The protesters were carrying signs that said, among other things: "A king needs slaves" and "Corrupt people, go home."
Police said the protesters were violating the terms set by the High Court. In addition to hundreds more people arriving to demonstrate than permitted, protesters were using more than two megaphones, spread out onto the road and began their demonstration at 7pm instead of 8pm.
Some 500 people were protesting in a fenced area allocated for the demonstration, and some 1,500 others have also arrived and were protesting outside the allocated area.
About 20 Likud supporters were holding a counter-protest.
Protest organizers rejected police accusations, saying 500 protesters were at the Goren Square, while the others were in a nearby area "in accordance with the law and the plan ordered by the High Court."
"The claim that the leaders of the protest are supposed to instruct people to remain at home is ridiculous, unreasonable, and mostly undemocratic," the organizers said in a statement.
"It is the right of thousands of citizens in a democratic country to arrive at the city center to protest," they went on to say, allowing that protesters "must obey police instructions on the exact location of the protest."
The protest organizers went on to argue it was the police's job to manage the crowds, directing people to Goren Square and to additional areas outside of it.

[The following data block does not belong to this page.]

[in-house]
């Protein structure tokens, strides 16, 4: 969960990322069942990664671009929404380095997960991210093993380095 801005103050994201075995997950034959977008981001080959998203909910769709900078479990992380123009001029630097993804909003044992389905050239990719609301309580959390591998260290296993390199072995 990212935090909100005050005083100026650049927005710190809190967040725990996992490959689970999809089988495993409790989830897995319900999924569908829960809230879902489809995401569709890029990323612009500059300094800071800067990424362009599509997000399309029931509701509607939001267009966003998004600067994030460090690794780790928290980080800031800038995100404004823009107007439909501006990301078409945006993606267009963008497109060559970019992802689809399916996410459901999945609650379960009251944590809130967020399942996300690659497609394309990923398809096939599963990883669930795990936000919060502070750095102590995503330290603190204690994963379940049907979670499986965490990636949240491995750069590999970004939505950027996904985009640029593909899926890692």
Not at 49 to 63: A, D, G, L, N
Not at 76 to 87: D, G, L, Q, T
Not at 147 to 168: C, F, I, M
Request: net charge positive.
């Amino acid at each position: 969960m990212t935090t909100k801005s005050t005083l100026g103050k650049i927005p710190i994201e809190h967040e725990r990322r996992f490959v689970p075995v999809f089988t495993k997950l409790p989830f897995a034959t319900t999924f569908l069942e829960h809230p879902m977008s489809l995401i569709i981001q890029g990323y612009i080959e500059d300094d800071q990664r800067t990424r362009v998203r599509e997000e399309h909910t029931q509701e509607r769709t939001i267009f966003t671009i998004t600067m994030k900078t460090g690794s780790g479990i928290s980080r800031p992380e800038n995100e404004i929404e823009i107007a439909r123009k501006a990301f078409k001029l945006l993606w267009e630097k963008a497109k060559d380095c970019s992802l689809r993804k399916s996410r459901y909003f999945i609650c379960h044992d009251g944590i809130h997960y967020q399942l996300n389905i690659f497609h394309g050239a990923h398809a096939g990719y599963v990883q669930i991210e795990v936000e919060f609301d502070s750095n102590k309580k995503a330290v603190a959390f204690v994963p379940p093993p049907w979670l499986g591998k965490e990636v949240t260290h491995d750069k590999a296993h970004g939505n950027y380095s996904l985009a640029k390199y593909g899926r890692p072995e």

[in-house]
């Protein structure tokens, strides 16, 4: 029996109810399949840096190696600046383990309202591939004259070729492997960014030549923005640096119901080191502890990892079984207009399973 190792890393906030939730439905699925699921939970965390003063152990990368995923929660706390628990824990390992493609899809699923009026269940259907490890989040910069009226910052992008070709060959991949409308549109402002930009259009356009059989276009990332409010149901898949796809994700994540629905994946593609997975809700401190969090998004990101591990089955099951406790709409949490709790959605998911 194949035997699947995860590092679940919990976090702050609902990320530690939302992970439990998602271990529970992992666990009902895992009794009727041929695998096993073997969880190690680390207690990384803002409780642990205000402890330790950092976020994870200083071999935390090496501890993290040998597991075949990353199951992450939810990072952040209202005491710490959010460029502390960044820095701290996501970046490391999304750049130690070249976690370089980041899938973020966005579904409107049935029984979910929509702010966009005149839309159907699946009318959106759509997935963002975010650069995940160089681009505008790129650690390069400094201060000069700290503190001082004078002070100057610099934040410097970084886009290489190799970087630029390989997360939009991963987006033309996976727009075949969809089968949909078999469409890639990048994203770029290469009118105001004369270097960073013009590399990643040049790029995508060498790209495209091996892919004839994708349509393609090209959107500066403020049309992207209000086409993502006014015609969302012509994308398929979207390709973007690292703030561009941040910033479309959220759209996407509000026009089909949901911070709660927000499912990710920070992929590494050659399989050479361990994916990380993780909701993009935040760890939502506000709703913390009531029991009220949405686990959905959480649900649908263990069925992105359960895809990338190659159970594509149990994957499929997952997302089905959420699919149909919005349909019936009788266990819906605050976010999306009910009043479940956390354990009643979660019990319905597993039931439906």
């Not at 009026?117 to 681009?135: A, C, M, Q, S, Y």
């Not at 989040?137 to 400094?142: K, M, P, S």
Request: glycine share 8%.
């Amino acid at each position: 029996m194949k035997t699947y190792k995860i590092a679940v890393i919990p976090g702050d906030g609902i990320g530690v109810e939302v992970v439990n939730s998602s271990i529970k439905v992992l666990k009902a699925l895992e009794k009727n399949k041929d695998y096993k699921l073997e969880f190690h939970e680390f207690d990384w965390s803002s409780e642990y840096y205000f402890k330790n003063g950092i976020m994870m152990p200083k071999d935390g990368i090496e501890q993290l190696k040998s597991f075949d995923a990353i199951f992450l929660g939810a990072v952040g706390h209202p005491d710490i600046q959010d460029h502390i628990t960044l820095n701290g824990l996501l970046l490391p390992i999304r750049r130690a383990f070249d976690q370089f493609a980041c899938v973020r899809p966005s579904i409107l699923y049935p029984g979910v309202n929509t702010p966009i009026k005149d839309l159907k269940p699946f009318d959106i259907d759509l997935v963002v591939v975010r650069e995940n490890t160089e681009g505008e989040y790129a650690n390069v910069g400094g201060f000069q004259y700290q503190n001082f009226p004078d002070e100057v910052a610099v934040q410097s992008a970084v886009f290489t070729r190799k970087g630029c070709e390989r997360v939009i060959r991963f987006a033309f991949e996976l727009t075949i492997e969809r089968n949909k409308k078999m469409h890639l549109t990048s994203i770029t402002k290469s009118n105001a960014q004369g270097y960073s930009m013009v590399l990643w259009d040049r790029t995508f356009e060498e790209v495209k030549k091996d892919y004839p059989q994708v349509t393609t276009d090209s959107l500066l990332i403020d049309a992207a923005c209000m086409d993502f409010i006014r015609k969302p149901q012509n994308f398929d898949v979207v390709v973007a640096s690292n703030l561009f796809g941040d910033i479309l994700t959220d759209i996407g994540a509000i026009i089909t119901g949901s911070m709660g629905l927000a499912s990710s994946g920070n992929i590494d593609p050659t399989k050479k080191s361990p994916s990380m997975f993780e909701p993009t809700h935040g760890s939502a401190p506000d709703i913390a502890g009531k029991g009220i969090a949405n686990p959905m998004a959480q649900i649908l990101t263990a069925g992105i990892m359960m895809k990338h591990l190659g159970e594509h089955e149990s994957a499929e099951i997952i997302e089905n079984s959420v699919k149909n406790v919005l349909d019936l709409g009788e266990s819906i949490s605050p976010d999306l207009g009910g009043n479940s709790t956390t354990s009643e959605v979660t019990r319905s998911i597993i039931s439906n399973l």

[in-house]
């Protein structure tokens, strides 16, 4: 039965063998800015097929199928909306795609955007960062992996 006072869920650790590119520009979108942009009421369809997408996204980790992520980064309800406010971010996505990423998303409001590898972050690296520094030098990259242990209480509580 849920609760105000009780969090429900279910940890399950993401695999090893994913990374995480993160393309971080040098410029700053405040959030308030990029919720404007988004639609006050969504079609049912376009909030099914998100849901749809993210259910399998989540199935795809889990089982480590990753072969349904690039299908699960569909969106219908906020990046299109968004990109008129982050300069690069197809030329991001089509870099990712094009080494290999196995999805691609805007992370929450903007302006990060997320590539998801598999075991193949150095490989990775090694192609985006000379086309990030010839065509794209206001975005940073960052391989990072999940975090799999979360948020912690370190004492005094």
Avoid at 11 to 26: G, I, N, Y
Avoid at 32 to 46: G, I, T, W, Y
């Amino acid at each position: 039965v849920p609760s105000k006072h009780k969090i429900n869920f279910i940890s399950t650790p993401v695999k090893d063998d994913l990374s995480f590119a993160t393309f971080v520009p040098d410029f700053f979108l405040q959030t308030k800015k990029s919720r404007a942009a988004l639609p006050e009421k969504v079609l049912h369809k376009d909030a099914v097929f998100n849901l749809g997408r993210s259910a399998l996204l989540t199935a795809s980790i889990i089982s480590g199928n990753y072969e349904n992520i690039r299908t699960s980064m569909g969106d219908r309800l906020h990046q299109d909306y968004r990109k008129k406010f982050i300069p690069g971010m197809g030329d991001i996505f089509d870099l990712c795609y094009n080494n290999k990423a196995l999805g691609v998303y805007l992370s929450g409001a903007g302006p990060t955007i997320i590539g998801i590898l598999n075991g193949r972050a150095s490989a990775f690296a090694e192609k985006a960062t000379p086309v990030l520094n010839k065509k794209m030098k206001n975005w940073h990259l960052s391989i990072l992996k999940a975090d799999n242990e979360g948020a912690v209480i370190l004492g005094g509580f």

What began as a gathering of a handful of good governance activists outside the home has now, in its 40th week, swelled into a powerful display of flag-waving Israelis each Saturday night that has drawn heavy media coverage, sparked counter pro-Netanyahu protests and unnerved police.
The High Court of Justice issued a temporary injunction on Thursday allowing up to 500 protesters to continue demonstrating at Gorden Square in Petah Tikva without needing special police authorization until a decision is made on a petition by the Movement for Quality Government in Israel, which appeals police decision to bar them from the square.
"The neighbors' right for quiet doesn't come close to the right for the freedom of expression and the right to demonstrate," Judge Yoram Danziger said during Thursday's hearing, noting that on a grander scheme, the right for quiet is lower on the scale than the freedom of expression.
A resident of the Kfar Ganim neighborhood in Petah Tikva recently filed a petition to the High Court against the police over the noise caused by the thousands of people who arrive to Goren Square in the neighborhood every Saturday night to protest.
In response to the petition, the police informed protest organizers they would no longer allow demonstrations to be held without a permit, and then refused to give a permit for more than 50 people to demonstrate at Goren Square.
Protestors tried arriving at the square last week despite police blockages and closures, later congregating in the alterative location the police had approved. Two of the protesters' organizers, attorney Eldad Yaniv and former PMO chief caretaker Meni Naftali, were detained for questioning on the night of the protest.
Yaniv and Naftali were released from police custody on Sunday after reaching an agreement with the police: The two agreed not call on demonstrators to attend an illegal protest until the following Sunday, and in return they were released without bail or restrictions.